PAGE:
The Chinese government has been actively supporting the development of vocational education over the last 20 years. In 2012, there were 9,762 vocational secondary schools in total. Entering students numbered 5.97 million, and enrolled students numbered 16.9 million. There were 1297 vocational colleges, with 2.55 million entering students and 7.6 million enrolled students (MoE 2012). From the 1990s, the central government has formulated a number of policies and regulations on the development of vocational education, and has supported these initiatives with substantial financial commitment. From 2006 to 2010, the government invested 10 billion Yuan into National Exemplary Projects on Vocational Colleges (国家示范性高职项目). Of this investment, 0.5 billion Yuan was used to train vocational secondary school teachers, 2 billion Yuan was used to finance higher demonstration colleges, and 4 billion Yuan was used to finance the tuition fees of students from low-income households (Liu 2011).

However, when compared with the funding allocated to general higher education, funding for vocational education is still lower. In addition, parents prefer to send their children to academic universities rather than vocational colleges. One reason for that might be that in many vocational colleges, there is still too much emphasis on the theory of specialized courses, and teachers still pay too much attention to narrow subject-specific skills instead of transferable skills. There is thus no clear connection between what is learnt at vocational colleges and the requirements of the labour market.

4.2 The training of vocational education teachers is crucial to the quality of vocational education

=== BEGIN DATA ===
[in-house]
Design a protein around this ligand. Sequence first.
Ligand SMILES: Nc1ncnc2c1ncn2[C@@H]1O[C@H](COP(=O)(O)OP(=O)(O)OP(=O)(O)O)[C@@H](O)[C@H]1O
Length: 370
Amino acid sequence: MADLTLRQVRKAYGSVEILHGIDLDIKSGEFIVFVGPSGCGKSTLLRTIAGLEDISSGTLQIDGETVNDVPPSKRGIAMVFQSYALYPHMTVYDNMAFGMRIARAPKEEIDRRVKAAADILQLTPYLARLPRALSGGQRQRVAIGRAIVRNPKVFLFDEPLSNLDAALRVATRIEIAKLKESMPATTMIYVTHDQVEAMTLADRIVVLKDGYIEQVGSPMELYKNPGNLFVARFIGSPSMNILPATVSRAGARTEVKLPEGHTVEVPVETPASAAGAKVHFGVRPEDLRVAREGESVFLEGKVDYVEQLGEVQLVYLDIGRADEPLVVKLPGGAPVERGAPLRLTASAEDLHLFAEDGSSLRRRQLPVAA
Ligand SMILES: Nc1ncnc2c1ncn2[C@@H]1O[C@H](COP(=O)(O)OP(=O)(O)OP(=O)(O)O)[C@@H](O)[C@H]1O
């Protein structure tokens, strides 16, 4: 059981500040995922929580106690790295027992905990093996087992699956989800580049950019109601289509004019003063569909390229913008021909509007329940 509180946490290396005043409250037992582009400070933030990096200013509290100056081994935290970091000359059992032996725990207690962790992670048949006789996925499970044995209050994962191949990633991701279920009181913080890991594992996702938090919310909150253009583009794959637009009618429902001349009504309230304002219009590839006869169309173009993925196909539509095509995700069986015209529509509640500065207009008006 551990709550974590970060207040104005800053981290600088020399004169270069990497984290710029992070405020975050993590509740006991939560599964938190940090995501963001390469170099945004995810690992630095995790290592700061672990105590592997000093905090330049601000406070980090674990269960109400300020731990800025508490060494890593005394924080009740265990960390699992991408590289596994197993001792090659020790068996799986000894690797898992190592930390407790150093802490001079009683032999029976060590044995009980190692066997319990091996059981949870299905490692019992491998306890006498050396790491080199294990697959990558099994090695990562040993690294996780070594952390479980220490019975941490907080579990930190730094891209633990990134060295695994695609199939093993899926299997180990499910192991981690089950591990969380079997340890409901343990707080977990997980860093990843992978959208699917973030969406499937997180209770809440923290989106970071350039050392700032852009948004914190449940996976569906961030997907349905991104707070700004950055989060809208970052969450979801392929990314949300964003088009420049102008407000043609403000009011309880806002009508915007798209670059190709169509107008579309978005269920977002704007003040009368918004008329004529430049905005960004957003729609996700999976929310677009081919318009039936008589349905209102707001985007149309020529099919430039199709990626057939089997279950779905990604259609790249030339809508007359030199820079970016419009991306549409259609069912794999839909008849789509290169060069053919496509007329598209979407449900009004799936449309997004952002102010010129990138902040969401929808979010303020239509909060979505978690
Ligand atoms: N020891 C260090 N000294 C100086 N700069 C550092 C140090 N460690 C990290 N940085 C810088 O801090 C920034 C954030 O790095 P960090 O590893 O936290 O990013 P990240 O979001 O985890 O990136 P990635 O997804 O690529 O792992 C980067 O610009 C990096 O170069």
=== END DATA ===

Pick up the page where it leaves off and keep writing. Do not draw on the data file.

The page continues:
Teachers in vocational colleges should not only have deep theoretical knowledge but also strong practical abilities to guide students through workplace-related learning environments and help them solve problems that can be encountered in enterprise practices. To be able to achieve that, vocational education teachers should constantly expand their knowledge base.

In many vocational schools, teachers are not adequately trained, and many of them are inexperienced in enterprise practices. China’s modern vocational education was developed relatively late. Traditionally, Chinese society has regarded theoretical knowledge as being more important than practical knowledge. In some schools, students spend much more time on theoretical learning, and foundation course teachers disproportionably outnumber those teaching specialized are unable to put their knowledge into practical use makes the development of higher vocational education more difficult.

To respond to this reality, MoE and MoF have set preferential policies and measures to encourage teachers to attend in-service training and to pursue advanced studies so as to become “dual-competency” teachers. Notably, the Chinese government has been urging teachers to learn through close cooperation with enterprises, so that they can get access to the training base to improve their skills and thereby “master many skills while specializing in one”. Teachers are also encouraged to take vocational skills-related qualification exams in order to attain the corresponding credentials.

From 2011 to 2015, MoE will select 450,000 vocational education teachers to attend a range of teacher training programmes, based on region, age, service time, subject taught, teaching experience and teaching performance. Of these teachers, 50,000 will attend national training for 12 weeks (including 4 weeks of enterprise internship), which will cover the topics of professional knowledge and skills, vocational education theory and teaching methods. MoE will send 2,000 teachers, selected on the basis of outstanding performance, for 8 weeks of overseas training in order to learn advanced professional teaching methods and course development techniques. In addition, 20,000 vocational secondary school teachers, who under the age of 35, will be sent for a six-month enterprise internship, with modern apprenticeship being defined as the main training approach for young teachers. Training methods employed in the programmes include site visits, skills training workshops and topical lectures (MoE 2013).